• positive: indicates whether the filter creates a drop shadow from the nontransparent pixels of the object (i wasn’t totally successful in getting this to work, but i can’t imagine wanting to use it either…)

Modern counterpart:

-webkit-box-shadow: 5px 5px 0 #666; /* Saf3.0+, Chrome */
-moz-box-shadow: 5px 5px 0 #666; /* FF3.5+ */
-ms-filter: "progid:DXImageTransform.Microsoft.DropShadow(color='#666666',offX='5',
offY='5')"; /* IE8 */
box-shadow: 5px 5px 0 #666; /* W3C */

Displays a color gradient between the object’s background its and content (meaning an object’s background color will shine through the gradient).

filter: progid:DXImageTransform.Microsoft.Gradient(enabled='false', startColorstr='#666666', endColorstr='#ffffff');
  • enabled: toggle effect
    • true (default)
    • false
  • GradientType:
    • 0 (vertical)
    • 1 (horizontal)
  • startColorstr: hex color of starting gradient
  • endColorstr: hex color of ending gradient

Modern counterpart:

background-image: -webkit-gradient(linear, left top, left bottom, color-stop(0, #666666), color-stop(1, #ffffff)); /* Saf4+, Chrome */
background-image: -webkit-linear-gradient(top, #666666, #ffffff); /* Chrome10+,Safari5.1+ */
background-image: -moz-linear-gradient(top, #666666, #ffffff); /* FF3.6+ */
background-image: -ms-linear-gradient(top, #666666, #ffffff); /* IE10+ */
background-image: -o-linear-gradient(top, #666666, #ffffff); /* Opera 11.10+ */
background-image: linear-gradient(to bottom, #666666, #ffffff); /* W3C */
-ms-filter: "progid:DXImageTransform.Microsoft.Gradient(startColorStr='#666666', EndColorStr='#ffffff')"; /* IE8 */

Creates an extending silhouette of the content of the object, offset in the specified direction.  A slightly different effect than DropShadow, Shadow remains “connected” to the object.

filter: progid:DXImageTransform.Microsoft.Shadow(color='#666666', direction='135', strength='5');
  • enabled: toggle effect
    • true (default)
    • false
  • color: hex color for shadow
  • direction: in degrees, the direction the shadow should extend
  • strength: in pixels, the “length” of the shadow

Modern counterpart:

-webkit-box-shadow: 5px 5px 5px #666; /* Saf3.0+, Chrome */
-moz-box-shadow: 5px 5px 5px #666; /* FF3.5+ */
-ms-filter: "progid:DXImageTransform.Microsoft.Shadow(color='#666666', direction='135', strength='5')"; /* IE8 */
box-shadow: 5px 5px 5px #666; /* W3C */

How do I target CSS3 to modern browsers and Filters to IE?
There are essentially three methods:

  1. Conditional comments
  2. Child-selectors
  3. CSS hacks

Conditional comments are by far the “most acceptable” to the community, but I personally prefer not to have my CSS in multiple locations, I find debugging much easier when everything is in one place.  This method does, however, validate just fine, and you can easily target the exact version of IE to stop using filters and start using CSS3.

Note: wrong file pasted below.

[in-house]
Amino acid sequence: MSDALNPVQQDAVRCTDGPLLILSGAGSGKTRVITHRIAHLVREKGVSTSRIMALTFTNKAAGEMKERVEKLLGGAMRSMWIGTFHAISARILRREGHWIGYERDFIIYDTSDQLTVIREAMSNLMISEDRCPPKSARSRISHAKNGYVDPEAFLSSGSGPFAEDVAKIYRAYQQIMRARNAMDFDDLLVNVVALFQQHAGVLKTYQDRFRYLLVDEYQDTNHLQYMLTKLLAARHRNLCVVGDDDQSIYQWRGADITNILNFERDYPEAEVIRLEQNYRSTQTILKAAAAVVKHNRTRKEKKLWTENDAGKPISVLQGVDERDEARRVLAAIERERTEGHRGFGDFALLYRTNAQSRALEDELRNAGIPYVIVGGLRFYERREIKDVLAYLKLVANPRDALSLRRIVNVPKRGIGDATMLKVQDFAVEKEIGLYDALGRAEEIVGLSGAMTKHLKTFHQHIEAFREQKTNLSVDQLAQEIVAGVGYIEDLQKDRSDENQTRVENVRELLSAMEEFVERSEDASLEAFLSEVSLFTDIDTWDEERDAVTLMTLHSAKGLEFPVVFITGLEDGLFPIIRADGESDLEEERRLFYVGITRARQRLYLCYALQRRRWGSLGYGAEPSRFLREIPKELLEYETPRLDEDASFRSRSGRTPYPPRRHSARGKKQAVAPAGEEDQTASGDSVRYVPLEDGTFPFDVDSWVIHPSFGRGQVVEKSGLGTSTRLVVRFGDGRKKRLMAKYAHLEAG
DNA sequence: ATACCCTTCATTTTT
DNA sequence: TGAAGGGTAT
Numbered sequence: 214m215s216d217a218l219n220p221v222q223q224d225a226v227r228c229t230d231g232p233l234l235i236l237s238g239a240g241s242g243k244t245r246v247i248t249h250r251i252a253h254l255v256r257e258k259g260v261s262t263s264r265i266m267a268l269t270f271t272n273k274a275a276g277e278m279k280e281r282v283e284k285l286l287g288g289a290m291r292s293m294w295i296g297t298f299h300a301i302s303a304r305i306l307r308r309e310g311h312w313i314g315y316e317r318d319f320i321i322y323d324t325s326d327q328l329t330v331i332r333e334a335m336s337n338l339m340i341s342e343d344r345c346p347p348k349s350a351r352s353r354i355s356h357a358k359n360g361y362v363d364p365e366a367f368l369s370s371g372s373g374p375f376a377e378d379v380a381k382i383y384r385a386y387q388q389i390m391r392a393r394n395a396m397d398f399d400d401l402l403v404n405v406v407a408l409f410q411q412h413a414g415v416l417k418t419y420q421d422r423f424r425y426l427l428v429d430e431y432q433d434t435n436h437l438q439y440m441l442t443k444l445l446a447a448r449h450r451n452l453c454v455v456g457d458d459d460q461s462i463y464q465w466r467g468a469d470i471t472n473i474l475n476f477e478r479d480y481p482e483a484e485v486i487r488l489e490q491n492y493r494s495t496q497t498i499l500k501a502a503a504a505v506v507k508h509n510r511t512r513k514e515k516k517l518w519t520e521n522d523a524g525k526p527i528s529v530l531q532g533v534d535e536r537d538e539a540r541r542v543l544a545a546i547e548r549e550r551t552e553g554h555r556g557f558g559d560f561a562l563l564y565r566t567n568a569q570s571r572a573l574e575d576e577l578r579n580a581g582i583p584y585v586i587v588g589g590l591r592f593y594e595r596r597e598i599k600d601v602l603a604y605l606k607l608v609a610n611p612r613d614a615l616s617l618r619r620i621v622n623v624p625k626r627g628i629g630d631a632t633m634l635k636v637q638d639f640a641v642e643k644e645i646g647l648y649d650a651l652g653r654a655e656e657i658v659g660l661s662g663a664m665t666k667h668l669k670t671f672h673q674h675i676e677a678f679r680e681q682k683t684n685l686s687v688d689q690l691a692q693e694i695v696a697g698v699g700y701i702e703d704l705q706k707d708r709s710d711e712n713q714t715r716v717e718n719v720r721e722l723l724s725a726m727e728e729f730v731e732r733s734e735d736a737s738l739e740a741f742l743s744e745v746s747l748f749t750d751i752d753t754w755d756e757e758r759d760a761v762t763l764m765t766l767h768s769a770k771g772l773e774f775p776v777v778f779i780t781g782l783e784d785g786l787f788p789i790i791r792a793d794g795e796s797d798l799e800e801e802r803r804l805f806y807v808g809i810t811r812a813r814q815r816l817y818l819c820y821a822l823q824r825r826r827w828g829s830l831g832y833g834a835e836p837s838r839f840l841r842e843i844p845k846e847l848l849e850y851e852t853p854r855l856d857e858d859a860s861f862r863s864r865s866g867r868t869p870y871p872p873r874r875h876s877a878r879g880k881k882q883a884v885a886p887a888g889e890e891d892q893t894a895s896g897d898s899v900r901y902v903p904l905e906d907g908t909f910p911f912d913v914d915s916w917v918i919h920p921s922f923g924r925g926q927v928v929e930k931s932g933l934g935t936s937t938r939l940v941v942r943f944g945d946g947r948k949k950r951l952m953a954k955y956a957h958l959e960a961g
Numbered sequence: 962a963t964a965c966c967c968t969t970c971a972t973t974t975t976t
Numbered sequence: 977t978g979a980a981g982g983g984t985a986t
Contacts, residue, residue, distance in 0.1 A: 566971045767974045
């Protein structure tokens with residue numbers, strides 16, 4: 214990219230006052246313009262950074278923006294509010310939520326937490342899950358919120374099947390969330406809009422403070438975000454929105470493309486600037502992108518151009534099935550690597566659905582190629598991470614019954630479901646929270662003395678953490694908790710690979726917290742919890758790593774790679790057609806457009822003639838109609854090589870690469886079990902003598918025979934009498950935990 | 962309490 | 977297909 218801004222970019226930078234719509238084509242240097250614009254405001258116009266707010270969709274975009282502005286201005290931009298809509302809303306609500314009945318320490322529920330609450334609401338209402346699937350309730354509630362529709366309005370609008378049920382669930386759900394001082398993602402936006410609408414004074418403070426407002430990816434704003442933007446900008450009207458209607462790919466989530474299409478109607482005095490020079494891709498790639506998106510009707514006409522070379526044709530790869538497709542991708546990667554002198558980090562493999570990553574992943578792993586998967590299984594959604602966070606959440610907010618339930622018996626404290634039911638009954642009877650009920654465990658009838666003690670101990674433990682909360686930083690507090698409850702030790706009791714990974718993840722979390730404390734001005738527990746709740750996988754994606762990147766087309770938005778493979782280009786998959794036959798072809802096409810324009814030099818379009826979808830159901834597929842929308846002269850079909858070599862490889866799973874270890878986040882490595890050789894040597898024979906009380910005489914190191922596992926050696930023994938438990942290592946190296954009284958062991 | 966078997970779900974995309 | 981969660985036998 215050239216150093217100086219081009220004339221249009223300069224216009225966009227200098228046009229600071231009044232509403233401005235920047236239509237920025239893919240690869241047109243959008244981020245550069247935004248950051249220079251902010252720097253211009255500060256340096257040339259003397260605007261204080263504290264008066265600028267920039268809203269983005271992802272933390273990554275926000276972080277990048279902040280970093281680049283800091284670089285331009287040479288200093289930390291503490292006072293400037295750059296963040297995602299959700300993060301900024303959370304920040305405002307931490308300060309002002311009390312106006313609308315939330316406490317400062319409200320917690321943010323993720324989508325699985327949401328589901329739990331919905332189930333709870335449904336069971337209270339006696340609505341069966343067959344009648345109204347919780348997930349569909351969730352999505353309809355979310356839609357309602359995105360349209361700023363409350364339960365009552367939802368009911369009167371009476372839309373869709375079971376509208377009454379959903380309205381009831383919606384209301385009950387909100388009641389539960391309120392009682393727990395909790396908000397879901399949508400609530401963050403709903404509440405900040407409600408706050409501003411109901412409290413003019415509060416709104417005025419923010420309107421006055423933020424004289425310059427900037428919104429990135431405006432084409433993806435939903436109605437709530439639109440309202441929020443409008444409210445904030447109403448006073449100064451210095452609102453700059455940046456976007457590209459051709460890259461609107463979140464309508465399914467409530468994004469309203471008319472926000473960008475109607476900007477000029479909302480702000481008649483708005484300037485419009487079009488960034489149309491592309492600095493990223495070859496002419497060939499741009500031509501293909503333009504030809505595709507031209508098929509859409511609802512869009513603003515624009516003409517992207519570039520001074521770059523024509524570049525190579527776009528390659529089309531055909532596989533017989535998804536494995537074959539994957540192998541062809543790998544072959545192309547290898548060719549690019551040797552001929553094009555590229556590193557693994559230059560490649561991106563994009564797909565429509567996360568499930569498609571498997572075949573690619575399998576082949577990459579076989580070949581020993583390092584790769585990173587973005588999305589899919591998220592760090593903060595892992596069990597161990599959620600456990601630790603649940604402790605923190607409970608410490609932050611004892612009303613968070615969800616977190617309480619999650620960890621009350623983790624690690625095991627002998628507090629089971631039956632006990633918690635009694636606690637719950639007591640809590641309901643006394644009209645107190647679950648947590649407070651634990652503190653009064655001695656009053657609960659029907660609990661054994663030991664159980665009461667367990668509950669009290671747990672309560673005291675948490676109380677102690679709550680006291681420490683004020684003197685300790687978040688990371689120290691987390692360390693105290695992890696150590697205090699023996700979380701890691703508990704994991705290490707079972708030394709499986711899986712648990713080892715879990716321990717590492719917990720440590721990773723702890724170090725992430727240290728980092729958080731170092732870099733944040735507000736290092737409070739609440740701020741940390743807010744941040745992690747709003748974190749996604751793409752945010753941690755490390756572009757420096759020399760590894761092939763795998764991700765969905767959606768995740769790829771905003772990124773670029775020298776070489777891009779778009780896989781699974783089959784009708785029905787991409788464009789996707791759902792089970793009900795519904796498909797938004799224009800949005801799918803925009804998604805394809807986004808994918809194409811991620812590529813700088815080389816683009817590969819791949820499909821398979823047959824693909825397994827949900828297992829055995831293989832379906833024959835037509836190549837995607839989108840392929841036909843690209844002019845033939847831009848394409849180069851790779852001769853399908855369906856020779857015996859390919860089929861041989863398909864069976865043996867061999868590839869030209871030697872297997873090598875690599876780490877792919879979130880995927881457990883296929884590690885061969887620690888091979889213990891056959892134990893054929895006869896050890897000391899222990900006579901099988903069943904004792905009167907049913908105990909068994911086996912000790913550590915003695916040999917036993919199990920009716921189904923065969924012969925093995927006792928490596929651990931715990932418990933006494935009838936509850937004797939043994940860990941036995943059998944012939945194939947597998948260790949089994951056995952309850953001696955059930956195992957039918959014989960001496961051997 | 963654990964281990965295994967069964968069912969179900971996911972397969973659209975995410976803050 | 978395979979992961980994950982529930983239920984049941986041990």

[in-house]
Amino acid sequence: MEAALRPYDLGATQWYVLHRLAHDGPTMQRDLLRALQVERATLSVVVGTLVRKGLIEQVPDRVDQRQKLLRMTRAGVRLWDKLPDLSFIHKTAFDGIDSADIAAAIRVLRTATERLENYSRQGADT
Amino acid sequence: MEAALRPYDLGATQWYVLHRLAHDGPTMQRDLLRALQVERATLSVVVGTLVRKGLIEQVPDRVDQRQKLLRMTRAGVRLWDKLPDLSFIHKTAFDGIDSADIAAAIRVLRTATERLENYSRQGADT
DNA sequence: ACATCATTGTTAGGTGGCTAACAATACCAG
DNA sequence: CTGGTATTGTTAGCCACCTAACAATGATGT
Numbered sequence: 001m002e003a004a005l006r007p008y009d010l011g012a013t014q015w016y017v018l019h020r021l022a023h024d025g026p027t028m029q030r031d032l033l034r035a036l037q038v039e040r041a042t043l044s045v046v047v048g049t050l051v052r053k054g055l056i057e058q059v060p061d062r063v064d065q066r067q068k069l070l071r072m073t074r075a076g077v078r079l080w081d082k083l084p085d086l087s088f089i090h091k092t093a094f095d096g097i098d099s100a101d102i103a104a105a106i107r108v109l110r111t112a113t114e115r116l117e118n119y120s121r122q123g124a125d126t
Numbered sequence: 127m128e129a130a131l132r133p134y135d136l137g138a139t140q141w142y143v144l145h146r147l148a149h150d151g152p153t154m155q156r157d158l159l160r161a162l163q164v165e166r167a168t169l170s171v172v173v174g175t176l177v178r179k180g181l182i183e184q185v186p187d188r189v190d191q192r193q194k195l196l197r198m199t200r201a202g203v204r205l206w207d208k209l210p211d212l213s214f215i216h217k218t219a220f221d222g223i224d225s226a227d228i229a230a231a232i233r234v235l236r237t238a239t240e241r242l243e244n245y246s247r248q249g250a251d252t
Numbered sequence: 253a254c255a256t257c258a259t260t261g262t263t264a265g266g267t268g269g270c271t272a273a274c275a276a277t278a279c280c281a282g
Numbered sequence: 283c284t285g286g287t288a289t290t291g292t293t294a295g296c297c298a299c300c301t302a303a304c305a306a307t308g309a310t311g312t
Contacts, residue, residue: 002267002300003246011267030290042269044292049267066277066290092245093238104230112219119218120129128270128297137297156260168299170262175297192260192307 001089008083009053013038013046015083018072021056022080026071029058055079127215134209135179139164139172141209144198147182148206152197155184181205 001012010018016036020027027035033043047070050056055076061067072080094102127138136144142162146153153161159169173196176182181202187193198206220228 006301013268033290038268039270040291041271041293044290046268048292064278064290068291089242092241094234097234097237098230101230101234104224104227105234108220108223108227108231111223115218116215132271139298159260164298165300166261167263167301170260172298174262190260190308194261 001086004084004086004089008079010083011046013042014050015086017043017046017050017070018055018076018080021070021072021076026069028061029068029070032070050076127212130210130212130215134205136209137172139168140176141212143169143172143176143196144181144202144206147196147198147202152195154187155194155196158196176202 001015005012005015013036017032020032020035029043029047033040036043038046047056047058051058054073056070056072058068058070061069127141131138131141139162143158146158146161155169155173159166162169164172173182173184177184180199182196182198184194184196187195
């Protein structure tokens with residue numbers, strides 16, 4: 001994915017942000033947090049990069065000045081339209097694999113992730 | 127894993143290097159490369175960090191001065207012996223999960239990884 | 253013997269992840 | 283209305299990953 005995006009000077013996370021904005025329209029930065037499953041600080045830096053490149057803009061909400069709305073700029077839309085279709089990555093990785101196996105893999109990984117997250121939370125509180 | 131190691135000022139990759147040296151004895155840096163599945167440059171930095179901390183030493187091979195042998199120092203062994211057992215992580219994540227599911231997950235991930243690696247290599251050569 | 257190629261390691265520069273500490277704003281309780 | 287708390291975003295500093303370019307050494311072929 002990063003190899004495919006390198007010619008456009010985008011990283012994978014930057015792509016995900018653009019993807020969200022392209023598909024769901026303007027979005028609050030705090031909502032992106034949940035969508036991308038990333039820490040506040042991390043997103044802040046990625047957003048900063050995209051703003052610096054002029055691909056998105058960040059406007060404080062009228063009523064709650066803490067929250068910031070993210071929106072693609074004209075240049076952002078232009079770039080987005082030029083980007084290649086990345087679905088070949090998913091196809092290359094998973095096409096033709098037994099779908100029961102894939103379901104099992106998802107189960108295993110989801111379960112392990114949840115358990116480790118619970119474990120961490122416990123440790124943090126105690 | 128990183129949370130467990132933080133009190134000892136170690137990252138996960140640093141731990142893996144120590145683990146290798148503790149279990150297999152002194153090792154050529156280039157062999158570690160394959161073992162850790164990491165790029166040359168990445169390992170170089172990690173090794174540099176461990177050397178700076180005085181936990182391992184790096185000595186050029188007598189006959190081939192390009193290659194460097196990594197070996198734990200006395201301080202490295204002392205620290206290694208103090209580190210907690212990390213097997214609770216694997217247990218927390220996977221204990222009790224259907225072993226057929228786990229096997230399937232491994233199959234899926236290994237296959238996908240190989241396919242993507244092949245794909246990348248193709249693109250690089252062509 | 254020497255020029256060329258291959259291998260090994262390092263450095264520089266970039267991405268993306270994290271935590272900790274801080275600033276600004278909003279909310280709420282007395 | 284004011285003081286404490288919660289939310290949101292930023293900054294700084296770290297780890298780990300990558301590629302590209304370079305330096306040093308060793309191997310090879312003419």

Child-selectors are also perfectly valid, but are a less consistent way to target specific versions of IE, when it comes to filters and CSS3.  This also often requires duplicate declarations, one for IE, then an override for modern browsers, which bloats your CSS and makes modern browsers work harder.  For example:

p a {background:url('image.gif') no-repeat;}
p > a {background:url('image.png') no-repeat;}

This makes modern browsers download the GIF then download the PNG… This is a simple example but hopefully you get my point…

I personally prefer the invalid CSS hacks for the few instances that I use IE-only code, like this:

p a {background: url('image.png') no-repeat; _background: url('image.gif') no-repeat;}

I know I can target specific versions of IE, everything is in one place, and I know modern browsers will ignore those declarations.  Sorry, but that’s my $.02.


  • First of all, in order for filters to take effect, the object has to “have layout”…  :-)  The easiest, least intrusive way I have found to do that is to give elements a height; saying height:1; in your favorite IE-only method works well.
  • I have had varying results using “short” hex color values (#666 instead of #666666), so it is probably safer to simply use the long values
  • Obviously, with all of these various ways of declaring styles, your CSS can get pretty out of control, but if you think about being able to use raw text, and even @font-face, or dynamically-sized box-shadows, this is pretty powerful stuff!
  • To assign multiple filters, chain them all together in one filter declaration, with each filter separated by a space:
    filter: progid:DXImageTransform.Microsoft.BasicImage(rotation='3', opacity='1.00') progid:DXImageTransform.Microsoft.Gradient(startColorstr='#666666', endColorstr='#ffffff') progid:DXImageTransform.Microsoft.DropShadow(color='#666666', offX='5', offY='5');

    * When multiple filters are applied to an object, each filter is processed in cascading order. To emphasize a filter’s effect, place it last in your declaration.

  • I find DropShadow works best for box-shadows and Shadow works best for text-shadows; IE’s font rendering still sucks, so be careful with the strength of your shadow and the color you choose for it.
  • Like CSS opacity, the Alpha opacity affects all child elements, so, if you give a <div> an opacity of 80%, all of its children will also have an opacity of 80%; you cannot give the children an opacity of 120% (or whatever it would be) to rectify this…
  • It is important to consider performance when designing Web pages with filters. Processing time is required to calculate the display of filter effects, and some effects require more time than others to apply. It is useless to try to apply and change a filter on an object before the browser can even render it. If you apply and change a filter before the browser can render the object, the changes are not updated. For example, changing the Alpha filter’s Opacity property in a short looping script does not result in consecutive updates to the object. To ensure updates are performed for each cycle of the script, use an onfilterchange event handler to delay changes in opacity until the browser has rendered the last update.


Thanks go to Snook for finally kick starting this idea I had with the above article; I had the idea some time back of exploring the CSS3/Filter similarities, but then seeing him turn his text sideways made me have to dig in, and to Paul Irish and Jonathan Neal for CSS3Please, without which collecting all the CSS3 bits would have been a real pain in the caboose…

Happy CSSing,